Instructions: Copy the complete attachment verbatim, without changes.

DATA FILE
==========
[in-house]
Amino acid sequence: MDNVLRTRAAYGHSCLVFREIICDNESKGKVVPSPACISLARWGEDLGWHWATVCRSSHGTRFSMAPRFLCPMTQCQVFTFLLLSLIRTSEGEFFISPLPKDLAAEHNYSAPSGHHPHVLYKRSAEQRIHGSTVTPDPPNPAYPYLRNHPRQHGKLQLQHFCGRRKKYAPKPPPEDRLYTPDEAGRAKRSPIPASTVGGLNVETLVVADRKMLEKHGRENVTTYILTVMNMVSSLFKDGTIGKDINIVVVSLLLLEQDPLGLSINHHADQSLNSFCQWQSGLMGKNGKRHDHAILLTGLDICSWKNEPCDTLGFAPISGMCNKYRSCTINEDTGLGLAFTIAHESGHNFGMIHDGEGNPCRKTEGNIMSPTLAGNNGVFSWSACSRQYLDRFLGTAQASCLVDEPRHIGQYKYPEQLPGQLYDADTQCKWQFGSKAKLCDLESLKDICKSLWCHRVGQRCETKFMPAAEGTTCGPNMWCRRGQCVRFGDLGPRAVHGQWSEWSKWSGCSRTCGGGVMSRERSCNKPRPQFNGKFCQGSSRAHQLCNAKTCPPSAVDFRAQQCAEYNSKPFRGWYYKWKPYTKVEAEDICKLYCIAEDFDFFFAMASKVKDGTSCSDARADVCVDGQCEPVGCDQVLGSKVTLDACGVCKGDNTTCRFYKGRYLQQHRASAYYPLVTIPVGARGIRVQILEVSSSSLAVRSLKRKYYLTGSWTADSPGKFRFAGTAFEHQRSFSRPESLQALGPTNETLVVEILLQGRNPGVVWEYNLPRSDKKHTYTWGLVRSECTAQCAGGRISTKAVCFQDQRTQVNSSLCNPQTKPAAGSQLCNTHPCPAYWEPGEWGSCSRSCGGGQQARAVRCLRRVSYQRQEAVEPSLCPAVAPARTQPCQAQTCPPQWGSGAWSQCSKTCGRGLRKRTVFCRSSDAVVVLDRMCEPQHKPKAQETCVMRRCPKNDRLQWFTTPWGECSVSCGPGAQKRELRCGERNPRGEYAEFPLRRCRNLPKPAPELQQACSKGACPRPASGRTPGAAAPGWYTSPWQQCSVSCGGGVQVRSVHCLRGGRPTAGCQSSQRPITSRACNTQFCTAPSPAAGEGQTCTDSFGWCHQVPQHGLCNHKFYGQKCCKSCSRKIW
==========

[in-house]
Amino acid sequence: MDNVLRTRAAYGHSCLVFREIICDNESKGKVVPSPACISLARWGEDLGWHWATVCRSSHGTRFSMAPRFLCPMTQCQVFTFLLLSLIRTSEGEFFISPLPKDLAAEHNYSAPSGHHPHVLYKRSAEQRIHGSTVTPDPPNPAYPYLRNHPRQHGKLQLQHFCGRRKKYAPKPPPEDRLYTPDEAGRAKRSPIPASTVGGLNVETLVVADRKMLEKHGRENVTTYILTVMNMVSSLFKDGTIGKDINIVVVSLLLLEQDPLGLSINHHADQSLNSFCQWQSGLMGKNGKRHDHAILLTGLDICSWKNEPCDTLGFAPISGMCNKYRSCTINEDTGLGLAFTIAHESGHNFGMIHDGEGNPCRKTEGNIMSPTLAGNNGVFSWSACSRQYLDRFLGTAQASCLVDEPRHIGQYKYPEQLPGQLYDADTQCKWQFGSKAKLCDLESLKDICKSLWCHRVGQRCETKFMPAAEGTTCGPNMWCRRGQCVRFGDLGPRAVHGQWSEWSKWSGCSRTCGGGVMSRERSCNKPRPQFNGKFCQGSSRAHQLCNAKTCPPSAVDFRAQQCAEYNSKPFRGWYYKWKPYTKVEAEDICKLYCIAEDFDFFFAMASKVKDGTSCSDARADVCVDGQCEPVGCDQVLGSKVTLDACGVCKGDNTTCRFYKGRYLQQHRASAYYPLVTIPVGARGIRVQILEVSSSSLAVRSLKRKYYLTGSWTADSPGKFRFAGTAFEHQRSFSRPESLQALGPTNETLVVEILLQGRNPGVVWEYNLPRSDKKHTYTWGLVRSECTAQCAGGRISTKAVCFQDQRTQVNSSLCNPQTKPAAGSQLCNTHPCPAYWEPGEWGSCSRSCGGGQQARAVRCLRRVSYQRQEAVEPSLCPAVAPARTQPCQAQTCPPQWGSGAWSQCSKTCGRGLRKRTVFCRSSDAVVVLDRMCEPQHKPKAQETCVMRRCPKNDRLQWFTTPWGECSVSCGPGAQKRELRCGERNPRGEYAEFPLRRCRNLPKPAPELQQACSKGACPRPASGRTPGAAAPGWYTSPWQQCSVSCGGGVQVRSVHCLRGGRPTAGCQSSQRPITSRACNTQFCTAPSPAAGEGQTCTDSFGWCHQVPQHGLCNHKFYGQKCCKSCSRKIW